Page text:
I will be so glad when Sonny Perdue is gone. The first thing he did was to lie about his promise to have a vote on the state flag, which is one reason I voted for him the first time. The second reason was he said he was a Republican. Both turned out to be untrue.
The rising discontent about the flag created by Roy Barnes had an effect on me to vote for Perdue, and the fact that Republicans don't raise taxes. But the first thing he did was to raise taxes on cigarettes.
It would be nice to see the Confederate battle flag back on the state flag. I was born in 1953 and grew up with the '56 flag flying everywhere. My question: Is this state better off now after changing the state flag?
Edward T. Beazley Jr.
Neighborhood seems to get a lot of attention
I would be very interested in the outcome of any investigative reporting regarding an inordinate amount of community repairs that take place on Dixon Street in Gainesville.
Dixon Street is obviously a beautiful neighborhood with affluence, but the question is how much influence? I am never amazed to see ongoing city work of some nature taking place as I drive Dixon Street, which seems to occur on a biweekly basis.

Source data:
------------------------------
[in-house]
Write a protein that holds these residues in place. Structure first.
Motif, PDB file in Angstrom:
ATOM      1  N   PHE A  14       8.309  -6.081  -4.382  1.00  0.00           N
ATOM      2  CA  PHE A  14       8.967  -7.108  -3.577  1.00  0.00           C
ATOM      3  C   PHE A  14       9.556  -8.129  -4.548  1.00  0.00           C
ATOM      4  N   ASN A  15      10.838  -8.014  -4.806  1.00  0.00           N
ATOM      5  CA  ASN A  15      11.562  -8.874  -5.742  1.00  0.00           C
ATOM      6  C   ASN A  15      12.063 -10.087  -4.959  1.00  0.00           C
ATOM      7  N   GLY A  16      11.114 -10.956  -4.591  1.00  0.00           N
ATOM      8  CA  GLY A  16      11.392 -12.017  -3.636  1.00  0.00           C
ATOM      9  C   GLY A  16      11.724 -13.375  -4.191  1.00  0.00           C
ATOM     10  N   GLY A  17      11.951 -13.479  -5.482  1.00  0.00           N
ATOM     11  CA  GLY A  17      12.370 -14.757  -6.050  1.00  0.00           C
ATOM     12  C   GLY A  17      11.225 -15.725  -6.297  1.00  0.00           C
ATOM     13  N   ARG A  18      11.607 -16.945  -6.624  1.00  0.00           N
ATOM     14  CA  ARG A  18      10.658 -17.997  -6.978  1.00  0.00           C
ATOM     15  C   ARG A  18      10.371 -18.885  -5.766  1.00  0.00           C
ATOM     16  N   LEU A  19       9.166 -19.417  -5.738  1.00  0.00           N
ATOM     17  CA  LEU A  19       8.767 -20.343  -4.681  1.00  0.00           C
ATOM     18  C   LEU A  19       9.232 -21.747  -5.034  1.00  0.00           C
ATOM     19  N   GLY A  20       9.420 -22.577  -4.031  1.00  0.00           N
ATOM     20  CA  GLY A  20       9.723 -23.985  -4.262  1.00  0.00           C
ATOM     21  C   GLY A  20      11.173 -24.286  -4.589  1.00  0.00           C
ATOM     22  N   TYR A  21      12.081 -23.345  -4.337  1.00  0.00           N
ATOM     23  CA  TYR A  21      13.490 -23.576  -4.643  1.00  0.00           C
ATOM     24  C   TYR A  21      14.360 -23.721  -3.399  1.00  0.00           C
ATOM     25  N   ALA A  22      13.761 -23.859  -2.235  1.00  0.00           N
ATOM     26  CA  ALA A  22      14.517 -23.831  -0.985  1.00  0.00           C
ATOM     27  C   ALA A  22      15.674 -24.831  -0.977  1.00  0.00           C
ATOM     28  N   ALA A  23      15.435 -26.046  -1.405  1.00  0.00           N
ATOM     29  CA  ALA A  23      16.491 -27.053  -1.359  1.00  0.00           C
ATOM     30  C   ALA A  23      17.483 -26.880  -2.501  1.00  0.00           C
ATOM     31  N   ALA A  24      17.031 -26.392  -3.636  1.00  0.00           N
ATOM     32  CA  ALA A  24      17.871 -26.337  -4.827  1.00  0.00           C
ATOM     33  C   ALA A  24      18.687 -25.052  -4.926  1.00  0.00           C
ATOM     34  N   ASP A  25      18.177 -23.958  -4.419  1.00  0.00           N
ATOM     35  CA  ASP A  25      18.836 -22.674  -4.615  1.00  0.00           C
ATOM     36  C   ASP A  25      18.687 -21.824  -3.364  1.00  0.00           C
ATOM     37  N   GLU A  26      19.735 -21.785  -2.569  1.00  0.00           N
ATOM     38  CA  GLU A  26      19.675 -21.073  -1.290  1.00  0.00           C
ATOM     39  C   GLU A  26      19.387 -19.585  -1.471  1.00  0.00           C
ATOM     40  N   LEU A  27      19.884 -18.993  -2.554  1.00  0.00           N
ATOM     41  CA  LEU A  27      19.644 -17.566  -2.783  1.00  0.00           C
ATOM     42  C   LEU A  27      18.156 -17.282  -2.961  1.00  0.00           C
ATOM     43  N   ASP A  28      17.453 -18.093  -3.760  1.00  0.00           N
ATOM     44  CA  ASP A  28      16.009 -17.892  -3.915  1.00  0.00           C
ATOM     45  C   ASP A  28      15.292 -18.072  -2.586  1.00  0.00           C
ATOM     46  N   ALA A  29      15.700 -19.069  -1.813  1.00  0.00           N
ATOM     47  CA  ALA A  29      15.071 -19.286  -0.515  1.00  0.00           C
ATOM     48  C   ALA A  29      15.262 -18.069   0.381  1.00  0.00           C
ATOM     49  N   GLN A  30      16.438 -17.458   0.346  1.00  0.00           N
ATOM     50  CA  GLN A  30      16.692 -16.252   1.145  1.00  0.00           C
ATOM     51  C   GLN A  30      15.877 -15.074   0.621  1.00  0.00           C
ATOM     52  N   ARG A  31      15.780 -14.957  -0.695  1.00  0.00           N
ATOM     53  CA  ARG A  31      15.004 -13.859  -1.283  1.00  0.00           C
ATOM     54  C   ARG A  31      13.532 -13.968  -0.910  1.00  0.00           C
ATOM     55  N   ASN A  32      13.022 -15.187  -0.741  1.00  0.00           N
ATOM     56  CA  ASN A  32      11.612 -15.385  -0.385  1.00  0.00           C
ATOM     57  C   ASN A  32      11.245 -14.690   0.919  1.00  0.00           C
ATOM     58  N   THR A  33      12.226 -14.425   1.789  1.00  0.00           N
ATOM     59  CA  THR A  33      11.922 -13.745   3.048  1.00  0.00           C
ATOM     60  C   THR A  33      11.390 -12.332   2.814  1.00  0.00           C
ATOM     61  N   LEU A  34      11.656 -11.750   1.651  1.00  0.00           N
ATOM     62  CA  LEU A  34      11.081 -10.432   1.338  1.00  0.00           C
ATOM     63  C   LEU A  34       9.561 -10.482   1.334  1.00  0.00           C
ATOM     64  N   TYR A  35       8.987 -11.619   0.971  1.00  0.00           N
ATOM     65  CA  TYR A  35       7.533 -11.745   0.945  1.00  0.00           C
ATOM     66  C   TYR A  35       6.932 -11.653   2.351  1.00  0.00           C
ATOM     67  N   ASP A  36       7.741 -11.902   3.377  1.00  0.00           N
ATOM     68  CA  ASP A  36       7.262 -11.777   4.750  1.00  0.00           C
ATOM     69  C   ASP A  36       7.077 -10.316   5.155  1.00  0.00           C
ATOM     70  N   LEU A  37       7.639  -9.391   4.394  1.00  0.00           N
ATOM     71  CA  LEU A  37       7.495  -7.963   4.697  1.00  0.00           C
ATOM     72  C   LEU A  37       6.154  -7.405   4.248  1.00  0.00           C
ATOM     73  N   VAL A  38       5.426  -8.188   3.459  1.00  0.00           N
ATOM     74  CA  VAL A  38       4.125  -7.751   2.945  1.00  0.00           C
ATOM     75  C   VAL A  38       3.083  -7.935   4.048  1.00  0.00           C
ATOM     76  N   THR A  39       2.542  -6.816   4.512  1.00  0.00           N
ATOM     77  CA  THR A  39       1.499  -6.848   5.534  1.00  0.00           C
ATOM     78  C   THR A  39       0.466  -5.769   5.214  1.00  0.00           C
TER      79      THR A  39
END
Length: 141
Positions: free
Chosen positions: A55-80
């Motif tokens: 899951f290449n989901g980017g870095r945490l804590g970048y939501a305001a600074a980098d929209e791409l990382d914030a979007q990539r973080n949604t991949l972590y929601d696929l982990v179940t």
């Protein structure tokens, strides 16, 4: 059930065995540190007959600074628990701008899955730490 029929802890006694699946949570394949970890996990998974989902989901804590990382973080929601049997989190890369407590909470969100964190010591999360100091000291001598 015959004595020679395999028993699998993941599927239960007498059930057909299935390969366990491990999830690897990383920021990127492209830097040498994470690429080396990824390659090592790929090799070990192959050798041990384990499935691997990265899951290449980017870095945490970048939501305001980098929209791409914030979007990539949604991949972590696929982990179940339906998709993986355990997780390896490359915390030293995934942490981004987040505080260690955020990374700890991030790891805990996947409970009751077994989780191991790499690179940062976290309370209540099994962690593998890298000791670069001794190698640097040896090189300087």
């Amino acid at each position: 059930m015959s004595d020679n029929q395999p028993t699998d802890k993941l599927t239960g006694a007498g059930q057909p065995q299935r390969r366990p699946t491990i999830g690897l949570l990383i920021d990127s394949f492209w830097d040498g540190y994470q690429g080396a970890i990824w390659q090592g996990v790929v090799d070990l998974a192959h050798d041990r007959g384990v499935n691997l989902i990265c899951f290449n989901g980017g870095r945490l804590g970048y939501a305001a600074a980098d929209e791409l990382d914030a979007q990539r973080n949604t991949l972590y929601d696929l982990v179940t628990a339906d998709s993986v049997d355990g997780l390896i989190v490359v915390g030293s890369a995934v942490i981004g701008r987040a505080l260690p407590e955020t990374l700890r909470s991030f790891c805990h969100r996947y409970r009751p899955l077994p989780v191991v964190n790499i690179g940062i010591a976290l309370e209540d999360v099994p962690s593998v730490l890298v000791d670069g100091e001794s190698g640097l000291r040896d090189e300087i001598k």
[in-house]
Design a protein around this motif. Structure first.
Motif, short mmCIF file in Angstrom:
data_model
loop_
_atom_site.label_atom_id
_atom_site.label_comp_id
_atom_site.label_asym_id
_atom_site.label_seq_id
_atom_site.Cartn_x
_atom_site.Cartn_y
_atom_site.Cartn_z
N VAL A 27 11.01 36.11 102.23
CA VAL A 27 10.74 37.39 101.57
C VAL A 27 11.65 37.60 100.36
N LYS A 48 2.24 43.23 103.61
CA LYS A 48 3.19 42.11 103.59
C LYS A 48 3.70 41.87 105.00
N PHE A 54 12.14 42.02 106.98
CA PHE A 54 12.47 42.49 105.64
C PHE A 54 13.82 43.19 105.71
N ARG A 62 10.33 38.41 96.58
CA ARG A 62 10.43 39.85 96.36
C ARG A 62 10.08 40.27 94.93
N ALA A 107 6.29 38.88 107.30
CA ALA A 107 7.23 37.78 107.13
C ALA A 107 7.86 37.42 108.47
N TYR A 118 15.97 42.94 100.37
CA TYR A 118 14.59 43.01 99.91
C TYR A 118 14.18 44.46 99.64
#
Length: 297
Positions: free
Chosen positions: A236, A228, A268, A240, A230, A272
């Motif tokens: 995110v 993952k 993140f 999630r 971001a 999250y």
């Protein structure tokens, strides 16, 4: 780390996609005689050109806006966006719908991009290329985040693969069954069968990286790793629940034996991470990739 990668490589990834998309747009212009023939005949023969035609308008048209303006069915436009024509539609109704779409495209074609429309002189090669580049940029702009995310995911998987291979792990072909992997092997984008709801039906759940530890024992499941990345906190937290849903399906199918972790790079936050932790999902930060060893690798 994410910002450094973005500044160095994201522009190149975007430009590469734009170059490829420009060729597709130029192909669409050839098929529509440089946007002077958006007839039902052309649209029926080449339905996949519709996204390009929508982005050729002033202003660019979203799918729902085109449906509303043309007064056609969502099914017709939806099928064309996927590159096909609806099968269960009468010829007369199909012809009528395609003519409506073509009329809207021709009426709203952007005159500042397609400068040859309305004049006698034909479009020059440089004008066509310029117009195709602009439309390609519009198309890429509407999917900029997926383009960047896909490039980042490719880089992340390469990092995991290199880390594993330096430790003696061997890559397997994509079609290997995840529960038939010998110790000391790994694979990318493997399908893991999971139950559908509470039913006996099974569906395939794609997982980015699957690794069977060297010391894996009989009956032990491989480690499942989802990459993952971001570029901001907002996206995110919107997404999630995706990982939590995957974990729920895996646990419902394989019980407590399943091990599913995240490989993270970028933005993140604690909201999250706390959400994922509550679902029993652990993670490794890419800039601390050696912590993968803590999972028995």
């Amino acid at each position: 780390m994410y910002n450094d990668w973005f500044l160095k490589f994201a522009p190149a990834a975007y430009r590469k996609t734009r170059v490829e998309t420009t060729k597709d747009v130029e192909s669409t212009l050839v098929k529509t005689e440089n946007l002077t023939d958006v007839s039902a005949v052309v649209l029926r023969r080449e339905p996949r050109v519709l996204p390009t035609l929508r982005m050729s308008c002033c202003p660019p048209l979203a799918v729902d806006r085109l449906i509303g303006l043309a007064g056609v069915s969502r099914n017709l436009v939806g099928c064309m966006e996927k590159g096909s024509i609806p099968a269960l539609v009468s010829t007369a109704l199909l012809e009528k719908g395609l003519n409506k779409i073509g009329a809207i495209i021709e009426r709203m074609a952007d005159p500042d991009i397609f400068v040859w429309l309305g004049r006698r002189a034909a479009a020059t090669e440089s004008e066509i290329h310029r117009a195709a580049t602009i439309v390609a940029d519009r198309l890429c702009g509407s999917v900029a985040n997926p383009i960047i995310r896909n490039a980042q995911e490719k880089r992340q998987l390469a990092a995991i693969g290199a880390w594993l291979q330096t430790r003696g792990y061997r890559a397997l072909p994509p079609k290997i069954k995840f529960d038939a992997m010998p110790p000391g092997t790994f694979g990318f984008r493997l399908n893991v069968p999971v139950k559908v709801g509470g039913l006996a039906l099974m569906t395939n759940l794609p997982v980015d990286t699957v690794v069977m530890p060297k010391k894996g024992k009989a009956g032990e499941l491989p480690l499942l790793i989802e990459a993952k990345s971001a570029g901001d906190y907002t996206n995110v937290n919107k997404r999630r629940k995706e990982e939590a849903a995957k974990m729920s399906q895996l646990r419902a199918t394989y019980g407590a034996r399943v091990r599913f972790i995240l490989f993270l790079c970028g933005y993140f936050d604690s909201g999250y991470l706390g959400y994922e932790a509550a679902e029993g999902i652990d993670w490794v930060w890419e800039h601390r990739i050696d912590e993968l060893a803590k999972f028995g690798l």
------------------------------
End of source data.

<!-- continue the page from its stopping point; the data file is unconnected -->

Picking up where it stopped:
Now, I am not averse to a community being maintained, but there does seem to be an appearance of impropriety given the recurring frequency of city workers laboring in this neighborhood.
One can only imagine that some one with considerable pull or well-placed lives along this street. What can The Times tell us about this needy neighborhood?
County should check out tax board carefully
This letter is in response to an article in The Times concerning an alleged fraud of padding per diem time sheets for more than $47,000 worth of expenses over a five-year period by Emory L. Martin Jr., chairman of the Board of Tax Assessors.
My wife and I fully support the efforts of Lyman Martin and James Cantrell in their quest to find out if any rules and regulations were broken at the Hall County taxpayers' expense.
We appreciate Mr. Martin and Mr. Cantrell in trying to protect our interest as taxpayers and to uncover any discrepancies in the tax assessors' office.
Charles and Elaine Peck